An expert meeting on Corruption Prevention in Tsunami Relief concluded today with participants recommending a set of principles to prevent corruption in delivering relief and reconstruction assistance to tsunami afflicted areas.
The meeting, organized jointly by the Asian Development Bank, Organization for Economic Co-operation and Development Anti-Corruption Initiative for Asia-Pacific, and Transparency International, was hosted by the Government of Indonesia on 7 and 8 April in Jakarta.
Participants stressed that it was only the start of a long-process of fighting corruption and promoting transparency in disaster relief operations beyond the post-tsunami reconstruction efforts. They thus called upon the three organising institutions to initiate a policy on managing corruption in humanitarian relief that provide applicable solutions for use in disaster affected communities.
Addressing the responsibilities of each stakeholder group in curbing corruption in tsunami relief and reconstruction efforts, recommendations deriving from this meeting include:
"Our collective success in responding to this disaster will be measured by how well the planned funds reach intended recipients, and how reasonable and transparent our approach," Jak Jabes," Director of ADB's Governance and Regional Cooperation Division, told the meeting.
- All stakeholders involved in tsunami assistance must ensure transparency and accountability in their operations, in particular in the management of the financial flows. For this, up-to-date information must be actively made available to any interested party. Further, they should coordinate their respective operations and provide for independent oversight of project implementation.
- As the affected people's ownership of the relief and reconstruction process is essential, operations should build on their leadership, participation, and commitment to ensuring the best use of assistance. Relief operations must therefore contribute to the strengthening of local institutions, transfer of technical skills, and should promote policies aimed at preventing corruption.
- Donors should coordinate with governments and among themselves to avoid duplication of assistance schemes. They should also establish uniform procurement rules, maintain and publish clear books and records, and provide assurance of full internal and external controls. They must further make a careful assessment of the local conditions so that allocated resources match needs.
- Governments must involve affected people and civil society in decision making, ensure information dissemination, and provide easily accessible corruption reporting channels combined with effective mechanisms to encourage and protect whistle blowers.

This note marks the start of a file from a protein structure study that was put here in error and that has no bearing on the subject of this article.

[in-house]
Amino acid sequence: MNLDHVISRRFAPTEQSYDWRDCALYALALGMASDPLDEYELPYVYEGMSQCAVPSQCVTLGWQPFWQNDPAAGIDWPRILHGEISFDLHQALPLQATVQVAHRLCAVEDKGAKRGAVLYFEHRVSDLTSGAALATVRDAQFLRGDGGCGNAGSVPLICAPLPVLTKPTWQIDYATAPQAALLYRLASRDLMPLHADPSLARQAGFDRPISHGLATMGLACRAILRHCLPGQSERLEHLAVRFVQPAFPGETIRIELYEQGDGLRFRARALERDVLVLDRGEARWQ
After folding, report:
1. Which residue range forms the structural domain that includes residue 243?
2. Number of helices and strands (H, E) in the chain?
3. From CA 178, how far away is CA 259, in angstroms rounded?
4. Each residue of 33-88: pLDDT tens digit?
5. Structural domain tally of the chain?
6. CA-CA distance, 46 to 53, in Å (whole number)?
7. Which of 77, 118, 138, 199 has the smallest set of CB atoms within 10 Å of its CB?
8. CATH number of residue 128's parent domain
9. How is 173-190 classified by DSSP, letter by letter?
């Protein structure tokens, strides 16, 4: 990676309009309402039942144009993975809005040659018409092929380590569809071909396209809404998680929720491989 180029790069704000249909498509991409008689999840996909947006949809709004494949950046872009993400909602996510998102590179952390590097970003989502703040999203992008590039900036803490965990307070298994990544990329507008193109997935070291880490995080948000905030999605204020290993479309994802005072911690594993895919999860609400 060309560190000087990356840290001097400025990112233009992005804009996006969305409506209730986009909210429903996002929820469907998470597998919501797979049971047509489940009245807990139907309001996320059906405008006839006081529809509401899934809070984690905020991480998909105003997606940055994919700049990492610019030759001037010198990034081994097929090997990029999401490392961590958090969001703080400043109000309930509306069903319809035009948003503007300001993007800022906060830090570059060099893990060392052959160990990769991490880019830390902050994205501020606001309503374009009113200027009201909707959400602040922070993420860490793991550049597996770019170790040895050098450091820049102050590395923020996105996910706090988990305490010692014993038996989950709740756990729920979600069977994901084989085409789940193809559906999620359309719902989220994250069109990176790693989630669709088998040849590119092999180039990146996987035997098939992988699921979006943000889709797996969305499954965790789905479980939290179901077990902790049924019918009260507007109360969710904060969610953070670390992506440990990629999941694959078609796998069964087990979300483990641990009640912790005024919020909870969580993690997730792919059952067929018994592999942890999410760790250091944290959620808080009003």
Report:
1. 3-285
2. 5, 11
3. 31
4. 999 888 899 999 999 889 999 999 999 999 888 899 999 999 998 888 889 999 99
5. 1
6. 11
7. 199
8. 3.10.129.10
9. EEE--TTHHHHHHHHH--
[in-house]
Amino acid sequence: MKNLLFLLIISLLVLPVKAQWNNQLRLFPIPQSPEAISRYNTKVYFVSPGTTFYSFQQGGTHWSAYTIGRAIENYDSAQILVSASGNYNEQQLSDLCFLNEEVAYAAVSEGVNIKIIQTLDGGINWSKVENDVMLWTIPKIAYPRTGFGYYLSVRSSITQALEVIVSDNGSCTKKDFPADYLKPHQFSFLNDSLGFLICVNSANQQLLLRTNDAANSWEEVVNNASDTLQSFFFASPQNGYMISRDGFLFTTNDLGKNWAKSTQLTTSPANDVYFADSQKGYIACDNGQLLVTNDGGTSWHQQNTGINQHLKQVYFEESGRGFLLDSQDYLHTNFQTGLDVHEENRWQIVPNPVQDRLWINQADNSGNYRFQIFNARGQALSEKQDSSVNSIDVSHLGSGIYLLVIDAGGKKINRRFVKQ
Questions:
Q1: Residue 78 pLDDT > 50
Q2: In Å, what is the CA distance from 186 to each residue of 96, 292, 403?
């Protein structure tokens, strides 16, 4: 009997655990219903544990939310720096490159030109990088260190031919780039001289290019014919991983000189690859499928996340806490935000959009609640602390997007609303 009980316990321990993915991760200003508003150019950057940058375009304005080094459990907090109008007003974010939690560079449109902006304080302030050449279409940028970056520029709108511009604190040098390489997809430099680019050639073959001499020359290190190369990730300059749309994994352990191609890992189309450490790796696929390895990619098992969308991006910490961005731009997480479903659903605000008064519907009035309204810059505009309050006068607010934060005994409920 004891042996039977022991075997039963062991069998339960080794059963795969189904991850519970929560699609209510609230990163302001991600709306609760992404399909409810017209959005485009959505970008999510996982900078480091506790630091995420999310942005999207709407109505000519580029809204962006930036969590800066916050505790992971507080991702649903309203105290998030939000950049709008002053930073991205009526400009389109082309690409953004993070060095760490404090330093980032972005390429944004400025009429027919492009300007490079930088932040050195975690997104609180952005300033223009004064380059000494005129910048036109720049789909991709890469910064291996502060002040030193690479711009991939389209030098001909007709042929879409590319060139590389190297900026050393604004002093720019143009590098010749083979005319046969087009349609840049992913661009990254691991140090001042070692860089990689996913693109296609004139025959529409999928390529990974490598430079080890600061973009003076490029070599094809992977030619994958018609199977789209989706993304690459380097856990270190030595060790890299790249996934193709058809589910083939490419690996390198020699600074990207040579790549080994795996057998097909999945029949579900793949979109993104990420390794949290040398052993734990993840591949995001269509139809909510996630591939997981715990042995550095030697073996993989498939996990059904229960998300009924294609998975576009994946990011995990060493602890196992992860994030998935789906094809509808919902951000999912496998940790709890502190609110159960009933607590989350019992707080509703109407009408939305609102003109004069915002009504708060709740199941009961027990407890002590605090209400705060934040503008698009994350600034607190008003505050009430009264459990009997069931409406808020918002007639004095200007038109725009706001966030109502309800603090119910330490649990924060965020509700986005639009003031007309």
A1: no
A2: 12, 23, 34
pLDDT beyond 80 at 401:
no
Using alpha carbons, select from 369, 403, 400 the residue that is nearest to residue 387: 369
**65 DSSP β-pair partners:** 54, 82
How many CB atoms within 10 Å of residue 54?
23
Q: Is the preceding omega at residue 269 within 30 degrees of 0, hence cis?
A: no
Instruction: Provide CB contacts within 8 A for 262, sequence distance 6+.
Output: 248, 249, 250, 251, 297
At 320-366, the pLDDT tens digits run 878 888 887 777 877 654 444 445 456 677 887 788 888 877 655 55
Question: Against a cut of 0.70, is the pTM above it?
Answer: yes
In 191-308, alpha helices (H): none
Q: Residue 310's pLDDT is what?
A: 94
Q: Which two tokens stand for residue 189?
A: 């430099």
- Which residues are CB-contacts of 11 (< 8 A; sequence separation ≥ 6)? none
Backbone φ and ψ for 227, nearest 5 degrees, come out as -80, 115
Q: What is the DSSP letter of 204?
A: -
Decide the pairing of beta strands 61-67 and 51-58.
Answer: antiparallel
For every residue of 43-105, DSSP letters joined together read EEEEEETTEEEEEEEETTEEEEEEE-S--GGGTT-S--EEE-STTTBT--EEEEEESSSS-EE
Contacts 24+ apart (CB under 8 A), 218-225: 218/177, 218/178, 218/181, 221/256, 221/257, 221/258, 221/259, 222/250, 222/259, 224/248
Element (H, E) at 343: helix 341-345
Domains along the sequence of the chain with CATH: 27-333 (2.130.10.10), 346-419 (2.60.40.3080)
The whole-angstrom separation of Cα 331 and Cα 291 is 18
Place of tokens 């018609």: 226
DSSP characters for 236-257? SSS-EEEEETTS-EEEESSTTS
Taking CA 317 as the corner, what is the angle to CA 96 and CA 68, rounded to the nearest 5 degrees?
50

- Non-governmental organizations play an important role in monitoring the relief and reconstruction process and in reporting any suspicion of corruption to authorities. They need to closely coordinate their activities with governments, donors and among themselves, while ensuring the maximum involvement of all groups of affected people in priority setting and decision making.
To achieve this. "the OECD and its member countries' donor agencies are committed to combat corruption in tsunami relief and ensure that assistance to the affected population is delivered in a swift, transparent and fair manner", said Patrick Moulette, Head of the OECD Anti-Corruption Division.
Participants agreed that transparent procurement and project implementation processes must be followed by all stakeholders and internal and external audit, evaluation and monitoring are essential.
Peter Rooke, Transparency International's Regional Director for Asia Pacific, said that "it is important to ensure that chosen governance structures to manage relief and reconstruction efforts, including financial flows, give voice to the governments of affected countries, the affected communities and ultimate beneficiaries, as well as to donors whose resources are at stake."
Opened by the Indonesian Minister for Administrative Reform, HE Taufik Effendi, the meeting was attended by more than 60 senior representatives from governments, civil society and private sector from the six most affected countries - India, Indonesia, Maldives, Malaysia, Sri Lanka, and Thailand - and representatives from 16 key donor agencies and international organizations involved in tsunami reconstruction efforts.
ADB and OECD are working together in their ADB/OECD Anti-Corruption Initiative for Asia and the Pacific, the region's unique forum uniting Asian and Pacific countries in the fight against corruption. The meeting in Jakarta is their first joint initiative with Transparency International, a global non-governmental organisation with more than 90 national chapters dedicated to fighting corruption that has significantly contributed to increased awareness about corruption and transparency worldwide.
For any press enquiries please contact
ADB/OECD Anti-Corruption Initiative for Asia-Pacific
Jak Jabes Director, Governance and Regional Cooperation Division
Phone: +49-30-3438 200
Fax: +49-30-3470 3912